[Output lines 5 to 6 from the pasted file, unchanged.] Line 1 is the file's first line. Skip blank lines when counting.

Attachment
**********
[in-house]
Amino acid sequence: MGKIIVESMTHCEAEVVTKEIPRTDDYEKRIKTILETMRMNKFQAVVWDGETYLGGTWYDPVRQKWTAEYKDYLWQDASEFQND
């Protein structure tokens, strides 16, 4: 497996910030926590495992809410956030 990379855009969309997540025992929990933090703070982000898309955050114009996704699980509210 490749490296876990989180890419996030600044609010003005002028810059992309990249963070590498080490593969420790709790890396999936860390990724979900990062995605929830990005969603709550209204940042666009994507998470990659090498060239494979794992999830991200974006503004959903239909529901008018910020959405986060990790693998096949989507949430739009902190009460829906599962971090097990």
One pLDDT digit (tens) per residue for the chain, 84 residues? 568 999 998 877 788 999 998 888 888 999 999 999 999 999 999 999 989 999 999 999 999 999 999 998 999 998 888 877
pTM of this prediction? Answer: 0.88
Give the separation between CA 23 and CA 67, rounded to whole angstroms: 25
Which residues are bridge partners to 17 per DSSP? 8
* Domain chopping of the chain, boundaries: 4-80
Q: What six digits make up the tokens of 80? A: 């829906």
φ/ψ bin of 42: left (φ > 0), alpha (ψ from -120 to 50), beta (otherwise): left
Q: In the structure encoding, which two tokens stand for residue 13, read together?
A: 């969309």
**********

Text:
pTM of this prediction? Answer: 0.88
Give the separation between CA 23 and CA 67, rounded to whole angstroms: 25